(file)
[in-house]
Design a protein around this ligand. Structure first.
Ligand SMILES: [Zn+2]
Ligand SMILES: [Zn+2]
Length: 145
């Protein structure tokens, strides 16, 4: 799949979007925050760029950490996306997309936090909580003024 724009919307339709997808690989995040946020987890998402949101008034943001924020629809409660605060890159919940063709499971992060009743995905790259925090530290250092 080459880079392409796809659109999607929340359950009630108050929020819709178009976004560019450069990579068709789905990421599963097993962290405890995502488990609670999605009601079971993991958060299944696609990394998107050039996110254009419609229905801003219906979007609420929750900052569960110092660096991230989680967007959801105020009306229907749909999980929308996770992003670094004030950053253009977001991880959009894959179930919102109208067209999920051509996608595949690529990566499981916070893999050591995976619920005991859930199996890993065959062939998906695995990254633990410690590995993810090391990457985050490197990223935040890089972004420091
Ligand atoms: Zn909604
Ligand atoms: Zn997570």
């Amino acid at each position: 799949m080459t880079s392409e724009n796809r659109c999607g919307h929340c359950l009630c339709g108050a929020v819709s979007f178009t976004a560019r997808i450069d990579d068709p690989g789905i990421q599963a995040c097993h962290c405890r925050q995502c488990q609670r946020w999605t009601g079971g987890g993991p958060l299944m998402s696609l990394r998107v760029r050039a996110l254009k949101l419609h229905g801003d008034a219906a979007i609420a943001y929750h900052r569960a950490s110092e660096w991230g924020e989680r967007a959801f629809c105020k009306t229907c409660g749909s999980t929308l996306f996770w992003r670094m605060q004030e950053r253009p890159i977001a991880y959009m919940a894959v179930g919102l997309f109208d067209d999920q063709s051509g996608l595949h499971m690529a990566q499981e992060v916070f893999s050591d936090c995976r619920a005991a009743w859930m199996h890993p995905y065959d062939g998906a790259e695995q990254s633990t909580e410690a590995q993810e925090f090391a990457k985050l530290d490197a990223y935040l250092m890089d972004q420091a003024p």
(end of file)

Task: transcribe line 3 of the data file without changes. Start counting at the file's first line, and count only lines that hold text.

Ligand SMILES: [Zn+2]